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from Restoration
(Miramax Films)

Polly Walker as Celia Clemence
Polly Walker as Celia Clemence

Merivel: A most lavish affair! Who is to be married?

King: Celia Clemence.

Merivel: I understood she was your mistress!

King: Then you understood right, Merivel...
...Miss Clemence is to be married and seemingly dispatched out of London with her husband, while in fact, I secret her near the river in queue -- the better to sport with her unobserved...
...For her husband, I need a man who is far too enamored of women in general to make the mistake of loving one in particular... are to be a paper bridegroom.

Merivel and Celia
Merivel and Celia

Katharine: Every man on earth has his leaving step. If my husband had been a small man, he would not have been able to leave me. But he was a large man, and stepped over me as I slept, one great stride.

Meg Ryan as Katharine
Meg Ryan as Katharine

Katharine: You know, in Ireland a man with a horse, a cart, and a book he knows how to read is the catch of the county.

Merivel: Well, perhaps when we have made fire of the cart, and eaten the horse, and wiped our asses with the book, you'll become acquainted with what you have caught.

(Audio Clip WAV 165 KB)

Sir Robert Merivel
Sir Robert Merivel

from Internet Resources

1 It is not, Celia, in our power
2 To say how long our love will last;
3 It may be we within this hour
4 May lose those joys we now do taste:

(from "To a Lady, Asking Him How Long He Would Love Her" by Sir George Etherege (1672))

An hundred years should go to praise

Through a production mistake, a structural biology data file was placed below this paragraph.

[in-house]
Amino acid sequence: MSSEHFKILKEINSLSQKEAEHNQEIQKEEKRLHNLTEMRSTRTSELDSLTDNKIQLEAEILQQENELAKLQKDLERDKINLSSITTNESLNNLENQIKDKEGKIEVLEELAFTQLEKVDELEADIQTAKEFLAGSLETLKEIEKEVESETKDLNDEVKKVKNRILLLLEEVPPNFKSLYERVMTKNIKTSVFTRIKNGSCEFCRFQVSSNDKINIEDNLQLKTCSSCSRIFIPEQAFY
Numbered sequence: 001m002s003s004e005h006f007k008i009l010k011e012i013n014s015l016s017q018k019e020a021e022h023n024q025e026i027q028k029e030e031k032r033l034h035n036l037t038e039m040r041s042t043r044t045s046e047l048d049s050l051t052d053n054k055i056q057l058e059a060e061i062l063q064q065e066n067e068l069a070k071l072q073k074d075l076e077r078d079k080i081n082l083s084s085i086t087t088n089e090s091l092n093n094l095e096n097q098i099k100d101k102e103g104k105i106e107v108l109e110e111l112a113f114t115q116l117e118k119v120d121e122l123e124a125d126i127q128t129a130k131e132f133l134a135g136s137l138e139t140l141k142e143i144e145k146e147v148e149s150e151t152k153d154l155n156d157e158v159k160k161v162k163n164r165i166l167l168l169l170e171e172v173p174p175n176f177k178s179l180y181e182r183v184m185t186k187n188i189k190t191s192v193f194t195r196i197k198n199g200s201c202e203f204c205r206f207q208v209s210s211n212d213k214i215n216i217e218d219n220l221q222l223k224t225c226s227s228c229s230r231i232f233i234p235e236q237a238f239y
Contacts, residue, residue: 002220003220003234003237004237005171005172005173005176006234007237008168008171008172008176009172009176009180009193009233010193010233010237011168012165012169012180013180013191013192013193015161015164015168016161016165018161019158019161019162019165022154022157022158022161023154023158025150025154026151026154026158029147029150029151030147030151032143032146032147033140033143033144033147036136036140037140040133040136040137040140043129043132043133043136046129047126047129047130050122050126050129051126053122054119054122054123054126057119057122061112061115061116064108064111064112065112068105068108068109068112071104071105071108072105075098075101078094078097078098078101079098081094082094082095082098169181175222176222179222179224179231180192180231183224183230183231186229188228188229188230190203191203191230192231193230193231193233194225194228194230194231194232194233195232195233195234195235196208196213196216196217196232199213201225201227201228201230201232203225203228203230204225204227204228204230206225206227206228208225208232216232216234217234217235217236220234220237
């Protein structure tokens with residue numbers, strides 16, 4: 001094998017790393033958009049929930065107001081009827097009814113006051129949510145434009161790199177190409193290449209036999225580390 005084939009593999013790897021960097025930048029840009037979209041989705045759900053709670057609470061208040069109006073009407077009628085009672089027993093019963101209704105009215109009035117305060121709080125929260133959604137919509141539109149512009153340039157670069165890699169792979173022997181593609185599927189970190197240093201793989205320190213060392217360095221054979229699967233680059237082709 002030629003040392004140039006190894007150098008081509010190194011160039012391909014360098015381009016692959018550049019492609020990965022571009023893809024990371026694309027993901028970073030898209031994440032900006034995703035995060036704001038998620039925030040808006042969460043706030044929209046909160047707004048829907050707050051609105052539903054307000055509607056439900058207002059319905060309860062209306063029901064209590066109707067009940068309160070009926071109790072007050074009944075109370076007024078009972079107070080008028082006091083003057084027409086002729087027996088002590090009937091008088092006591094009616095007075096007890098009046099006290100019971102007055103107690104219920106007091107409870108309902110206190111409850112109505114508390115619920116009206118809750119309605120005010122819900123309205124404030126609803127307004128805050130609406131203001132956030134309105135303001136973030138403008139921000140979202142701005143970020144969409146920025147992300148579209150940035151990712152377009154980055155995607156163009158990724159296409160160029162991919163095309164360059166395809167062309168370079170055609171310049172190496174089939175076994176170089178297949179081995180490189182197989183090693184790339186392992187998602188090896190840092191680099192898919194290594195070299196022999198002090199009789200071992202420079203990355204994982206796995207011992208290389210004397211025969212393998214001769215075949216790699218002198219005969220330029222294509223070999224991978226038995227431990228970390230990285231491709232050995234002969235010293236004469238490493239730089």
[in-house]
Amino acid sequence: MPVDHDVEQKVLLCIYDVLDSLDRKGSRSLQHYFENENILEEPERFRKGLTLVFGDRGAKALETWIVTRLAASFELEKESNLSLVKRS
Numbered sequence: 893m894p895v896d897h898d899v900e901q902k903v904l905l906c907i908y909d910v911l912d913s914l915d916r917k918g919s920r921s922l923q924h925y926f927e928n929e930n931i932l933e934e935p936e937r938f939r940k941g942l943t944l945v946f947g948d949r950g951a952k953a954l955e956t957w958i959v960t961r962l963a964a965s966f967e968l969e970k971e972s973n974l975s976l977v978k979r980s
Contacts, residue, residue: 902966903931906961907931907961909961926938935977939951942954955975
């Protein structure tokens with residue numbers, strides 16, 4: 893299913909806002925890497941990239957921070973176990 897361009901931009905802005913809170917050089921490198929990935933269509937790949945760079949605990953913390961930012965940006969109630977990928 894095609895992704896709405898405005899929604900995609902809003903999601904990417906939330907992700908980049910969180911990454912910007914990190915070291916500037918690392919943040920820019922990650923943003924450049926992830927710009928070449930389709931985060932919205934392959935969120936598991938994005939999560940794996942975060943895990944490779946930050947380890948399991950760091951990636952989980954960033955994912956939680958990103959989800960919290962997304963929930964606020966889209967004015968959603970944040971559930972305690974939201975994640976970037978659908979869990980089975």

Thine Eyes, and on thy Forehead Gaze.
Two hundred to adore each Breast.
But thirty thousand to the rest.
An Age at least to every part,
And the last Age should show your Heart.
For Lady you deserve this State;
Nor would I love at lower rate.
But at my back I alwaies hear
Times winged Charriot hurrying near:

(from "To His Coy Mistress" by Andrew Marvell (1681))

748: Our Maker bids increase, who bids abstain
749: But our Destroyer, foe to God and Man?
750: Haile wedded Love, mysterious Law, true source
751: Of human ofspring, sole proprietie,
752: In Paradise of all things common else.

(from Paradise Lost, Book 4 by John Milton (1667) (62 K))

13 'Tis a madness that he should be jealous of me,
14 Or that I should bar him of another:
15 For all we can gain is to give our selves pain,
16 When neither can hinder the other.

(from "Marriage A-La-Mode" (excerpt) by John Dryden (1672))

Additional Internet Resources

Medieval/Renaissance Wedding Information
Although most of the information predates the English Restoration, this site offers an extensive collection of bibliographies and newsgroup FAQs related to planning a period wedding.

Representative Poetry
A well-indexed electronic edition of the University of Toronto collection. Comprised of English poetry from the early-medieval period to the beginning of the 20th century, including:

  • Chronological Index of Poems: 1600-1699
  • "To a Lady, Asking Him How Long He Would Love Her" by Sir George Etherege (1672)
  • Selected Poems by John Dryden (1687-1700)
  • "Marriage A-La-Mode" (excerpt) by John Dryden (1672)

    Selected Poems by Andrew Marvel (1681)
    At Columbia University

  • "To His Coy Mistress"

    Works by John Milton:

  • Paradise Lost (1667) An index of hypertext and plaintext versions available on the Web, from the University of Richmond
  • Paradise Lost (1667) (UK) (498 K)
  • Paradise Regained (1671) (104 K)
  • The Milton-L Home Page Website for an electronic discussion devoted to John Milton's life, times and literature, maintained by Kevin J.T. Creamer at the University of Richmond.


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